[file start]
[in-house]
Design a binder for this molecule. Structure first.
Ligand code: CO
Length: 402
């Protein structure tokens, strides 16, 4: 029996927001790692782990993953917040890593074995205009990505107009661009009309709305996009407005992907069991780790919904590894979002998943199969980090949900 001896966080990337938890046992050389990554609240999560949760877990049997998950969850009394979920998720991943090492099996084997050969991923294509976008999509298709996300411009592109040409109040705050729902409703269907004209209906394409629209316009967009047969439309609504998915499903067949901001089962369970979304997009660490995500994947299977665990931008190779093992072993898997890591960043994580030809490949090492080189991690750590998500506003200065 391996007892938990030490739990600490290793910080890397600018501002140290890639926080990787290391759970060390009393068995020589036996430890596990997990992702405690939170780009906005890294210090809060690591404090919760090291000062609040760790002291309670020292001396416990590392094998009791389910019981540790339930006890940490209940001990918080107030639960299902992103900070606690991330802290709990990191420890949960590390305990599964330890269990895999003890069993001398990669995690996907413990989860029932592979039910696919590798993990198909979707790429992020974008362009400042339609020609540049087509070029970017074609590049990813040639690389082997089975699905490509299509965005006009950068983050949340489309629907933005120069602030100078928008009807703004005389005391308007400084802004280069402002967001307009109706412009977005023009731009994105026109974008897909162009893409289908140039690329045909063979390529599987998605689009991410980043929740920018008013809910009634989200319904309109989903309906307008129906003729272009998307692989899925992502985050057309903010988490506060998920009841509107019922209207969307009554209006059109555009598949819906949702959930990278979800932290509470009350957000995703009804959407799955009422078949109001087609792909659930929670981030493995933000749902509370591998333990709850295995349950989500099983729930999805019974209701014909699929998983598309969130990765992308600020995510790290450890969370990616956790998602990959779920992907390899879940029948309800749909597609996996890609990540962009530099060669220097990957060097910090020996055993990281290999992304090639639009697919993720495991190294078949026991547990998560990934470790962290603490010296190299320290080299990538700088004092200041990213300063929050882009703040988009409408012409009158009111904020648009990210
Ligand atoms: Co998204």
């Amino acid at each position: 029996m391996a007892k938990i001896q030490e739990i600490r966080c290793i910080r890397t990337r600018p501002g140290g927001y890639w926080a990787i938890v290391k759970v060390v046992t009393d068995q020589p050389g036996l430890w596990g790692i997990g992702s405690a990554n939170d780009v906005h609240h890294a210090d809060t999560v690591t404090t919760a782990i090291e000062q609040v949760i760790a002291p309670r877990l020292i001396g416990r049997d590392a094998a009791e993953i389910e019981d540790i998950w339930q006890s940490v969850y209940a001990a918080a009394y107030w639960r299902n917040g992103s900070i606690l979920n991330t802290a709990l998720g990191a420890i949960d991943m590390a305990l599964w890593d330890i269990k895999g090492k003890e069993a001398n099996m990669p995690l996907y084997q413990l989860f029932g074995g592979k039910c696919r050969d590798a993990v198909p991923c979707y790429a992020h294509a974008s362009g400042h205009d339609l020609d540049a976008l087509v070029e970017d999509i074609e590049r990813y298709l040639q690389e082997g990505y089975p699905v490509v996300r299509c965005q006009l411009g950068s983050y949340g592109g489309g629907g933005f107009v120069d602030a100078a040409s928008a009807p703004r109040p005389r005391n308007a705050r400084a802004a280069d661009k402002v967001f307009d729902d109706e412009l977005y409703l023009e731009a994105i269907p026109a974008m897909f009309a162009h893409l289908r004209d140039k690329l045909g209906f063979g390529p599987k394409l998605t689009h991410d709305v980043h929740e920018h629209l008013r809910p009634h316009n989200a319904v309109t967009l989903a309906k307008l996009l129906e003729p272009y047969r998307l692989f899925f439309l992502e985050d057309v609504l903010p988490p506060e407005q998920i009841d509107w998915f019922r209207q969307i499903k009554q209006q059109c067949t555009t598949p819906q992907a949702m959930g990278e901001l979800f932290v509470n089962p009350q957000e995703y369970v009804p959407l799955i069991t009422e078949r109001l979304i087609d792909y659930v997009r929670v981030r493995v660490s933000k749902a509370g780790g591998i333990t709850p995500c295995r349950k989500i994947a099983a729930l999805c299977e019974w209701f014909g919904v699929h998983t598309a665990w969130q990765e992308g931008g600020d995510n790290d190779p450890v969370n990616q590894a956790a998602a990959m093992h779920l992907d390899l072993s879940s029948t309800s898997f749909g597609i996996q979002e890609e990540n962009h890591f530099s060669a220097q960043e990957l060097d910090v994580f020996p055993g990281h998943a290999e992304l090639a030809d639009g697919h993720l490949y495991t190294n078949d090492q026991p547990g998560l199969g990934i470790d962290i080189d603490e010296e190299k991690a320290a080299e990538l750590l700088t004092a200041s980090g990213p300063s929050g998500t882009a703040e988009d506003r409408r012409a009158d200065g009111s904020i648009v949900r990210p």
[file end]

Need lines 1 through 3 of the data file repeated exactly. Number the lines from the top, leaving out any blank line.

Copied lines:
[in-house]
Design a binder for this molecule. Structure first.
Ligand code: CO